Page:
On October 25th it was announced to the world that the OpenSSL project team would release OpenSSL version 3.0.7 to fix a critical security issue that affected all OpenSSL 3 versions the day after Halloween, November 1st.
Many of us security folk, while trick-or-treating with our kids, were confronted with the fear of not only spooky Halloween decorations and costumes but of understanding what this vulnerability mean to the security of our applications? Asking ourselves, is this going to be a new Heartbleed all over again?
November 1st came, and the news ended up being less scary than our fears: the one vulnerability became two, CVE-2022-3602 and CVE-2022-3786, but they were downgraded to HIGH. As scary as HIGH might seem, it’s definitely a considerable downgrade as, according to the OpenSSL team, these vulnerabilities are less likely to be exploited.
Nevertheless, these are still vulnerabilities that deserve attention, and teams are scrambling to figure out if their container-based applications are vulnerable to them. Are you part of that group? Follow these recommendations, ordered by level of security maturity.
Lower: Discard vulnerable container images
Rule number one for container security is to make sure you are not running vulnerable container images in the first place. Most organizations with basic security maturity as part of their supply chain make sure they are scanning the container image artifacts for vulnerabilities either before pushing them to their container registries or before deployment. This is typically implemented as part of their supply chain.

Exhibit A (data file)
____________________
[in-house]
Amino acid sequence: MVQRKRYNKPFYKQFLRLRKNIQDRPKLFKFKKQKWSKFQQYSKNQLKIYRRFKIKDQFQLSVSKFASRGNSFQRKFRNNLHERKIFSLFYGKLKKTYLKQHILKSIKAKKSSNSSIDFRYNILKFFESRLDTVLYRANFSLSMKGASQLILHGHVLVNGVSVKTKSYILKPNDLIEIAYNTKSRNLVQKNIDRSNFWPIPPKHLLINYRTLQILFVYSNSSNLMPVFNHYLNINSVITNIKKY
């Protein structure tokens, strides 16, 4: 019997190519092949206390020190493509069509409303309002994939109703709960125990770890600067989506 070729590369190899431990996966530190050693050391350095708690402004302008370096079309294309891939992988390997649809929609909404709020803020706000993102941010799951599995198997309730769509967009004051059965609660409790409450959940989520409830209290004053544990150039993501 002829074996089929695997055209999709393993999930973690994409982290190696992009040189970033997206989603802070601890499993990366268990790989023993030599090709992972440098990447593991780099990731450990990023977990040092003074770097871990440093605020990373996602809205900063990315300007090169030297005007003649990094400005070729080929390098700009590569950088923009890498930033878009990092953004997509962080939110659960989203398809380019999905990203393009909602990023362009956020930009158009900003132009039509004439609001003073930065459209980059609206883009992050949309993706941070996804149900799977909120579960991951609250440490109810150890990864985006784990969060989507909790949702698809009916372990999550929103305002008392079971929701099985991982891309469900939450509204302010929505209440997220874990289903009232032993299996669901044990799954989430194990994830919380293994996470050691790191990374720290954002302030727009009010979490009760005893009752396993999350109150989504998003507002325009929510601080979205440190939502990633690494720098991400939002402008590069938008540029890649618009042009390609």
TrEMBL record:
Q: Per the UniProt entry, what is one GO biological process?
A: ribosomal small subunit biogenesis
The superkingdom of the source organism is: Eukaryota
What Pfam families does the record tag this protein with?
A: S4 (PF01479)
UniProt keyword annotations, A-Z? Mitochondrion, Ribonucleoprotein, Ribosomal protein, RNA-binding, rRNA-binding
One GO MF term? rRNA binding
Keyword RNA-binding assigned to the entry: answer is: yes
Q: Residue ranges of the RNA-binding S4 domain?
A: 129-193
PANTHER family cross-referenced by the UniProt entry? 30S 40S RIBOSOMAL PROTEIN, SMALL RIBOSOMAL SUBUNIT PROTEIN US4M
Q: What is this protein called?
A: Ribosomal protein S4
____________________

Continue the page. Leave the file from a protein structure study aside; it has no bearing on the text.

Higher: Make sure deployed containers are not vulnerable
Organizations with a higher level of security maturity go a step further and implement, utilizing the Kubernetes Admission Controller API, a time-of-deployment check that makes sure that containers leveraging untested or unapproved images are forbidden from being admitted to the cluster. Adding this extra layer of security at the deployment level makes sure that the image has passed tests and checks earlier in the pipeline so that only the most secure containers are deployed.
Highest: Immediately find out if running containers are vulnerable
This tactic is used by organizations with the most mature security practices and help the greatest with the OpenSSL situation we are dealing with today. Running containers might be leveraging vulnerable versions of OpenSSL that were considered non-vulnerable when they first went through the scanning process in their pipeline. To solve that, organizations have put in place mechanisms to make sure they are aware of the composition of each container image that is being currently used in production, so they can, at a glance, understand their potential exposure to new vulnerabilities such as with these new OpenSSL ones.
Trend Micro Cloud One™ - Container Security
Trend Micro Cloud One™ - Container Security customers can easily assess if any container running on their Kubernetes clusters is impacted by the newly released vulnerabilities.
The first step is to make sure the cluster is protected by Container Security and configured to do runtime vulnerability scanning1. This capability scans all running containers of a cluster looking for open-source and operating system vulnerabilities.
Then head to the Vulnerability View2 page. There you will find a collection of all vulnerabilities found. Select “Filter By: None” and pick “CVE”. Type “CVE-2022-3602” in the field that shows up and press “Enter”. This will filter all the detections to show only those that are related to this specific CVE.
Click each finding to reveal vulnerable container images and the registry they were pulled from, helping you inform those responsible for remediation. Repeat the process for “CVE-2022-3686”.
Click here to explore Container Security documentation to stay up to date on the latest info